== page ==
Standing Rib roast what temperature? (different results?)
I have been reading up all the available threads on cooking this hunk of meat. I have a 5 rib 11ish lb roast in my fridge now.
So what is the best way to go temperature wise?
1- 225F for x hrs (22mins/lb) then 500 for the last 15
2- 450 for 20 mins then lower heat to 300 for x hrs (22 mins/lb)
i am sure both end up in good primes, but are there different results from the 2 temperatures?
From all the searching and reading i have done, is the below accurate?
1- Slow slow road - Same color for the entire piece of prime roast
2- high then slow - outer edges of the prime roast is more cooked with inside staying pink
The high end steak houses has the mean cooked the same all around, so i assume they use the 225 method and let it sit there for 4+hrs?
Can everyone please share their view or correct me since i want to add this recipe into my list of favorites.
Also is it wise to cook the rib on a rack in the oven or let it sit in the pan with the juices.
The last time I did a 5-rib, I seared in a pan, then went 225ºF until probe thermometer hit 125 before pulling and tenting. After letting it rest for 45 minutes, I patted dry, painted with butter and blowtorched the exterior before carving.
There was a very thin crust and the interior was very evenly (vivid) pink, so make sure that your eaters are okay with this.
The only thing is to not rely too much on # minutes/lb as a thermometer will be a better indicator of when to yank out of your oven.
thanks wattacetti i am definitely using a thermometer but i am using the lb/min as a rough guide for the whole ordeal so i can get it ready for dinner.
i have read that 120 is nice as on avg it goes up 8 degress while it sits and if guests dont like it i can always do a fast nuke or sear to cook it more.
Keep the great tips coming
What's with the blow torch if you deeply sear before placing in the oven. I do the same you do, searing about four minutes on three sides. It's nice and crispy at the end. I also remove from the oven about 117/118 but we like rare. And, yeah, you can use #'s/min. as a VERY general guide but I start checking WAY before I think it's even close. Sometimes I get surprised. I can always cook it longer but not less.
I had very little success with Prime Rib roasts until meeting Canadian Food Network Chef Michael Smith - his recommendation: Roast at 500 F for the first 20 minutes or so, then drop the temp down to the 275 to 300 F range for the remainder of the roasting time. This has worked very well for me, however, I think hubby would like it done a little more (tough luck - I am not ruining a delicious piece of prime beef by cooking it "well done").
You can search Michael Smith on the Food Network website and you should be able to find his recipe for this - it was featured on his Christmas Special.
If you're feeling adventurous, you might try Thomas Keller's blowtorch rib roast recipe. We had great success with it. Just as the name suggests, you take a blowtorch to the outside of the roast (a real one from the hardware store, not a Williams-Sonoma type brulee torch) until you've gotten the outside a little bubbly. Then put it in a 325 oven until it hits the right internal temp. Crispy on the outside, and still a perfect medium-rare on the inside.
I much prefer the low-high method over either the high-low or constant temp method because it tends to maximize the uniformity of pinkness throughout the entire hunk of meat and minimizes the gray band around the edge. My only modification to your #1 method is to remove the roast from the oven while you're letting the temp climb from 225F to 500F. This lets the oven heat faster, and again, keeps the gray band to a minimum. The high temp blast is simply for crust formation, nothing more.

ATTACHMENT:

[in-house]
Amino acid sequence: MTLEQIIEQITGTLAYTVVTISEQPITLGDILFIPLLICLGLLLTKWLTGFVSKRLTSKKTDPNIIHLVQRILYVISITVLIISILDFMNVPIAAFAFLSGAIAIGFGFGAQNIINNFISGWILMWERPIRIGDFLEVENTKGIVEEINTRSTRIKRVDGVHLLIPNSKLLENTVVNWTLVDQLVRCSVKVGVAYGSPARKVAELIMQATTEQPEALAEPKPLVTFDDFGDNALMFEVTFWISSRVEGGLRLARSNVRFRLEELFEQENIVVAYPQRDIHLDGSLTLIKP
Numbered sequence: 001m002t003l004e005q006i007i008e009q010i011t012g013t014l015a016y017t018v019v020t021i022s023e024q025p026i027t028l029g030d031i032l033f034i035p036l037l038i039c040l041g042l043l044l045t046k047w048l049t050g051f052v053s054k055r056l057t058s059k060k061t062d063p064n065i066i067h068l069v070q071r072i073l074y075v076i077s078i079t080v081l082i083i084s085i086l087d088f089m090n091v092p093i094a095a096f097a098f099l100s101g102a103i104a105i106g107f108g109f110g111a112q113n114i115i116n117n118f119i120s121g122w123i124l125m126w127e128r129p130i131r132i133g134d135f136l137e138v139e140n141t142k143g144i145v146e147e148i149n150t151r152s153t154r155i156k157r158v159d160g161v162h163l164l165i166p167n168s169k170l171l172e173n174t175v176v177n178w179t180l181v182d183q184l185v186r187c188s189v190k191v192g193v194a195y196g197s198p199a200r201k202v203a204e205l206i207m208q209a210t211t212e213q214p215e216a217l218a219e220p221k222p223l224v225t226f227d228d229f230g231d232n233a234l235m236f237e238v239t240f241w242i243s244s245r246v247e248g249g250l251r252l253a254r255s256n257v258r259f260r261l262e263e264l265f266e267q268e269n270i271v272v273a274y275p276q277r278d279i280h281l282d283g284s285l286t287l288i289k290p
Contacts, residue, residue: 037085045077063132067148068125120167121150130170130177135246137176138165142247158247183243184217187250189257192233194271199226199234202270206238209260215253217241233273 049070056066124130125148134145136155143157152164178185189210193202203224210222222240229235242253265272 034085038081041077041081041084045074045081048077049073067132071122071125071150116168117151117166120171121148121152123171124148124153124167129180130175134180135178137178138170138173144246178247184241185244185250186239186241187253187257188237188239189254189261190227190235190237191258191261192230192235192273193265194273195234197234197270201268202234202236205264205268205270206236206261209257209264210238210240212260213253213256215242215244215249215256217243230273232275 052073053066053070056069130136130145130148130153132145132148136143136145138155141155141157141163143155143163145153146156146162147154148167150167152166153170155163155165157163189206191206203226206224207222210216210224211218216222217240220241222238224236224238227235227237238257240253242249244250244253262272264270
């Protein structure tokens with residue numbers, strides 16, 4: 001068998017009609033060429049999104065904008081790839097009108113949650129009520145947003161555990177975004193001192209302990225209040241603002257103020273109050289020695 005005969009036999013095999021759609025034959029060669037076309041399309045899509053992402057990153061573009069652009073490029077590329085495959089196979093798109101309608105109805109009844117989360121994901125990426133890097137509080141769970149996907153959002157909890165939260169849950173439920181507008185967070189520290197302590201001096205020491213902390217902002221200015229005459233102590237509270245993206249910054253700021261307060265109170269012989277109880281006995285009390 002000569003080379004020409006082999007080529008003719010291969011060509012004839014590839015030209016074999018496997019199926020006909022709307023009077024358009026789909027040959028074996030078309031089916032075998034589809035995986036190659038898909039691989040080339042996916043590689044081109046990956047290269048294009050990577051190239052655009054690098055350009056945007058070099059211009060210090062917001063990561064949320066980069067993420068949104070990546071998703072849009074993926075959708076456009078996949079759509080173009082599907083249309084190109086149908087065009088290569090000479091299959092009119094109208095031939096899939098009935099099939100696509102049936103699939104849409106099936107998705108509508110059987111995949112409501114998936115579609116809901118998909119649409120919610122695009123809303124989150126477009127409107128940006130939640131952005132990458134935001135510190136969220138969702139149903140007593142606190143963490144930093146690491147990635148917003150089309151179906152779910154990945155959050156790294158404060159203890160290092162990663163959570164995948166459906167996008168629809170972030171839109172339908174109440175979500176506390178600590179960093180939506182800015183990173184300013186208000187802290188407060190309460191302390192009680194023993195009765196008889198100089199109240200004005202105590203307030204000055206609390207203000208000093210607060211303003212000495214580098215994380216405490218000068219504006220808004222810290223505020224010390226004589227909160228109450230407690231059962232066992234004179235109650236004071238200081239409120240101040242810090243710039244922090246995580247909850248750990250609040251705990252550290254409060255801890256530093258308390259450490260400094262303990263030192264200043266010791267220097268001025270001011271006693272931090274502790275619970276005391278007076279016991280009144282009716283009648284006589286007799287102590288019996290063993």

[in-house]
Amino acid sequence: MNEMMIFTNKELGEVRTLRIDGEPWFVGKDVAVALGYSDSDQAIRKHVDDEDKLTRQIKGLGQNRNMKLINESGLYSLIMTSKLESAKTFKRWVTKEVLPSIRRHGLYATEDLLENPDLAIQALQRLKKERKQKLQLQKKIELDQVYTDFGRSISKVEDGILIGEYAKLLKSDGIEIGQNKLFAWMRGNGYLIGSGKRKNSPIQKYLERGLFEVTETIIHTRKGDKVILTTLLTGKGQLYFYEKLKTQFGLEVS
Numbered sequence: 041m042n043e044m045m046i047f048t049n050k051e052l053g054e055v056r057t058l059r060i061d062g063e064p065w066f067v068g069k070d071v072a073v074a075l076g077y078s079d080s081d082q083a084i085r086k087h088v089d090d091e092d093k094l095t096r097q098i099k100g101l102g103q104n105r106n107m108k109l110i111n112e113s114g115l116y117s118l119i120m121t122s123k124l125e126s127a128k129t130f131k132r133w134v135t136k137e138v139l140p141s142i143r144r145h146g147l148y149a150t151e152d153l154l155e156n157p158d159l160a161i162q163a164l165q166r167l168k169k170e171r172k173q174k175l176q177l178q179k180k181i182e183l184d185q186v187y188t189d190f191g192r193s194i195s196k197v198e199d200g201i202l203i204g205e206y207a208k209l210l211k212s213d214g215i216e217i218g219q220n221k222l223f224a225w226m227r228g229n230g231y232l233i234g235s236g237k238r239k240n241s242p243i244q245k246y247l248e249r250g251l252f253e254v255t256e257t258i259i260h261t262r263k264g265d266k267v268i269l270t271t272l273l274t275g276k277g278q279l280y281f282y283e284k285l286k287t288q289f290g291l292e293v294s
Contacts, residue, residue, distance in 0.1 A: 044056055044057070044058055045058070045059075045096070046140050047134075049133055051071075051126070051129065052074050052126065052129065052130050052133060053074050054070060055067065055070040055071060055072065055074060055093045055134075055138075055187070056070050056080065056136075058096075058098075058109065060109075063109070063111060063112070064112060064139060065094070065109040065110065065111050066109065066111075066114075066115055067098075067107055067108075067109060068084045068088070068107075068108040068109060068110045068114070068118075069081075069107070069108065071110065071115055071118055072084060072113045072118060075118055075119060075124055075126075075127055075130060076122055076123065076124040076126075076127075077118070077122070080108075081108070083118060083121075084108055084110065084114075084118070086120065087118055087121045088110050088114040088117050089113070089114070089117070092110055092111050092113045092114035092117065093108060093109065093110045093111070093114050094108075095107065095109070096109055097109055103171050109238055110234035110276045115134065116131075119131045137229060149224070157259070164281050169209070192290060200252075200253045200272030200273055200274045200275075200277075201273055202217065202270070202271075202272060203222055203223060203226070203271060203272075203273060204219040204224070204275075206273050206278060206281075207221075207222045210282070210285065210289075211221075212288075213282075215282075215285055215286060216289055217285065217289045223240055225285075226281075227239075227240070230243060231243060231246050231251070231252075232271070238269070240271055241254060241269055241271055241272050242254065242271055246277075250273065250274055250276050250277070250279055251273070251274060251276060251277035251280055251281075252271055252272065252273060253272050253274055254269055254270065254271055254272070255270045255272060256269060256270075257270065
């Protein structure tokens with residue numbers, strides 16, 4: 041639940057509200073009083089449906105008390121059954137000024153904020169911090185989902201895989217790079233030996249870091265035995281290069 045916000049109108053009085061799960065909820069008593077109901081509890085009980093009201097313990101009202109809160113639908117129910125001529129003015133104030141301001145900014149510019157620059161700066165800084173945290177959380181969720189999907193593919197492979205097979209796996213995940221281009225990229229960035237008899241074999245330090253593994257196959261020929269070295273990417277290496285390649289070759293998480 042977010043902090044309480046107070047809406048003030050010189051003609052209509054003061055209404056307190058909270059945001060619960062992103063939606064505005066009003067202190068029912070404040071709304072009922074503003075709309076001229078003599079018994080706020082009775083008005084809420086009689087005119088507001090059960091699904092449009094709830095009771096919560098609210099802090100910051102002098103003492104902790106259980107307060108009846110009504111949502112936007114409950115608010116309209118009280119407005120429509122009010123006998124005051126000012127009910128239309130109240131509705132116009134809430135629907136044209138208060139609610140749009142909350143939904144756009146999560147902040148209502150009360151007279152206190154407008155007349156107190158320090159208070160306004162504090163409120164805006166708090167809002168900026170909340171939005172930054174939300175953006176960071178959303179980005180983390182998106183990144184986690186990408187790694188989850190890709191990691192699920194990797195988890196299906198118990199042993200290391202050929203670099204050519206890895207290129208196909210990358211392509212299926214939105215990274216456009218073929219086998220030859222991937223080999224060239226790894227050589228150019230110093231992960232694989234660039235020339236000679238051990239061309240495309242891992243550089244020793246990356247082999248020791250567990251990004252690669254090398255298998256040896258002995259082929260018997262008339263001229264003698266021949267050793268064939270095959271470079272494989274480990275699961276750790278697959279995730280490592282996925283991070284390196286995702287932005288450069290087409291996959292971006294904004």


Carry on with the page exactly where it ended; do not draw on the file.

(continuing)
I also do not cook a SRR by time...I use a remote probe thermometer, and pull when the internal temp reaches 120F.
One more trick: take the roast out of the fridge an hour or two before cooking, and it will be more uniformly pink inside. I've cooked many roasts professionally, both low-high and high-low, and I found that letting it warm up makes more of a difference than anything else.
BTW: beware of the 500 degree temp - it's great for the meat, but most smoke detectors will go off on you unless you have a really good vent.
The OP has already had successful results, but since posts on Chowhound live forever...
The folks at seriouseats.com's Food Lab tested a bunch of different methods, and decided that the low-high method was marginally better than the high-low method. Their explanation makes sense to me...
"In order for the surface of a roast to reach temperatures above the boiling point of water (212°F), it must first become completely desiccated. When searing raw meat, about half the time it spends in the skillet is spent just getting rid of excess moisture before browning can even begin to occur. You know that vigorous sizzling sound when a steak hits a pan? That's the sound of moisture evaporating and bubbling out from underneath the meat. On the other hand, a prime rib that has first been roasted has had several hours in a hot oven, during which time the exterior has completely dried out, making searing much more efficient, and thus giving all but the very exterior of the meat less of a chance of overcooking."
That's not to say that you can't get great results with the high-low method, or even with constant-temperature roasting. But to maximize juiciness, minimize gray meat, and obtain a perfect crust, low-high seems to be the way to go.
I've successfully used your number 1 choice with a probe thermometer and take it to 118-120F, pull from oven, tent and raise oven to 500F, by the time you put it back in for 15 min to form crust on the outside, the internal temp will have risen about 8 degrees F, perfect!